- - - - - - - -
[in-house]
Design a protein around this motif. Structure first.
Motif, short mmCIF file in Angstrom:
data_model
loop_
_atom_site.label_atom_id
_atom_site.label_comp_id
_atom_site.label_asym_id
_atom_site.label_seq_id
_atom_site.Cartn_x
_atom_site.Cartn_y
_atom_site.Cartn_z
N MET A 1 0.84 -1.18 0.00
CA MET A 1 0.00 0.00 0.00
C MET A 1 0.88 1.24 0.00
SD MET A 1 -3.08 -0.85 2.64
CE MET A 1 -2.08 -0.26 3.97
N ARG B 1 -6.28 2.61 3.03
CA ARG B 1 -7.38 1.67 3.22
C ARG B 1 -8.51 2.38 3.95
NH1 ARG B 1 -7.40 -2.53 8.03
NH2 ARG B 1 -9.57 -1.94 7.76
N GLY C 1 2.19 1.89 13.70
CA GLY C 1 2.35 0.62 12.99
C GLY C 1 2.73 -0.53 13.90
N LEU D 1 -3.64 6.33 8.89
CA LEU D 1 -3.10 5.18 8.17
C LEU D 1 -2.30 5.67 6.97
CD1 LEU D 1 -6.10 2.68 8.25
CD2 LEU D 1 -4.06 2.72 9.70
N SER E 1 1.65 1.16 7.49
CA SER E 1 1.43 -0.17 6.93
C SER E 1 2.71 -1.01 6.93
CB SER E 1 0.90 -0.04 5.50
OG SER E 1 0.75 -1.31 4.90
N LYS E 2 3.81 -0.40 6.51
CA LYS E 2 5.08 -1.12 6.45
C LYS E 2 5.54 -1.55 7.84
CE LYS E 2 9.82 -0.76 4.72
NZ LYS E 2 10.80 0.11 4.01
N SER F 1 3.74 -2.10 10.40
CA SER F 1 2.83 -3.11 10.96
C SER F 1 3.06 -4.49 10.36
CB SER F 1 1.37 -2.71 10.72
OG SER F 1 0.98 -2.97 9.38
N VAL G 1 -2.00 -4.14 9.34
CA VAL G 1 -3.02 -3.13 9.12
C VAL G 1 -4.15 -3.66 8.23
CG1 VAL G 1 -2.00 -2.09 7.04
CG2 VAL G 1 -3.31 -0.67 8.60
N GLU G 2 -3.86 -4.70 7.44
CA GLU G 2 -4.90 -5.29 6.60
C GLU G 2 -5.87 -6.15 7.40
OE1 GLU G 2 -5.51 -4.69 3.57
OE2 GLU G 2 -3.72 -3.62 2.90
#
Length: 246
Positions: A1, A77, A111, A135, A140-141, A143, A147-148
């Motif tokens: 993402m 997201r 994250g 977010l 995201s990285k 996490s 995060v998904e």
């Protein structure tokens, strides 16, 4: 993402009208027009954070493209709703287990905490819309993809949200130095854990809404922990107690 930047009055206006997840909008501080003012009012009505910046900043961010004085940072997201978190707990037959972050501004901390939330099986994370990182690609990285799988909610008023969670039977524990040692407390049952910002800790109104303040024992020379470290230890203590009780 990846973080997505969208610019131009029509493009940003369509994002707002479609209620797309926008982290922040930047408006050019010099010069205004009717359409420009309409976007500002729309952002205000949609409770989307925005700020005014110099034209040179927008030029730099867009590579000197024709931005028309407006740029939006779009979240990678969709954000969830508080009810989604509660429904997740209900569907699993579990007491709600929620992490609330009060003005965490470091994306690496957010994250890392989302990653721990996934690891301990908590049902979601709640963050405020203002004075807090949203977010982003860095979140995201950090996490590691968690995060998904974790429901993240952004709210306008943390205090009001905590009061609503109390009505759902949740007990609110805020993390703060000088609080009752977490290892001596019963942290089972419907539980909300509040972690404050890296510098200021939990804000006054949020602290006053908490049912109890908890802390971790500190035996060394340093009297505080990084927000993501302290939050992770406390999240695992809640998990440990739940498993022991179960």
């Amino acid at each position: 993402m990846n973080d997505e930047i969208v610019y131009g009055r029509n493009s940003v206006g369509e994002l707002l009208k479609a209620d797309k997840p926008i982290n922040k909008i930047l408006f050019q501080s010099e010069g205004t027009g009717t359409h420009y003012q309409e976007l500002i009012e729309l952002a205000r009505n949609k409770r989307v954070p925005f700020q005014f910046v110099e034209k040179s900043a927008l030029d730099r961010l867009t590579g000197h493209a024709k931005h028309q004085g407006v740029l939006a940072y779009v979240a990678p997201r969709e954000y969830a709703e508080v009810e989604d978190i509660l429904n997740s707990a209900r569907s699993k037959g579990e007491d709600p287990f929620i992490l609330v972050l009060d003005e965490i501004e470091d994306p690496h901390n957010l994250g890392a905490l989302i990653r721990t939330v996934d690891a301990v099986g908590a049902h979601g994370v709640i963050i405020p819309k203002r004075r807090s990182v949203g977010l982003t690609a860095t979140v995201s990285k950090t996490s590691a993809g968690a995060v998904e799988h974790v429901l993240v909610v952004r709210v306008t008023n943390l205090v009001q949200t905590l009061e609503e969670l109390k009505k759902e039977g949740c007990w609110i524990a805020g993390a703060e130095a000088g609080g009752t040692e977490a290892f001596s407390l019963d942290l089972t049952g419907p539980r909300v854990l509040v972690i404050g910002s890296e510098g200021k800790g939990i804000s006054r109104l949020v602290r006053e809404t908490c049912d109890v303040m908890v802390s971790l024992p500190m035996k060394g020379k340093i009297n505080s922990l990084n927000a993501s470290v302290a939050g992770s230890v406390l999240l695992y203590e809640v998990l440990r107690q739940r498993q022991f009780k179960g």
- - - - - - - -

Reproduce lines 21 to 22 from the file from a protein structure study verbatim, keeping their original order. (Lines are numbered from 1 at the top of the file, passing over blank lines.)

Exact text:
NH1 ARG B 1 -7.40 -2.53 8.03
NH2 ARG B 1 -9.57 -1.94 7.76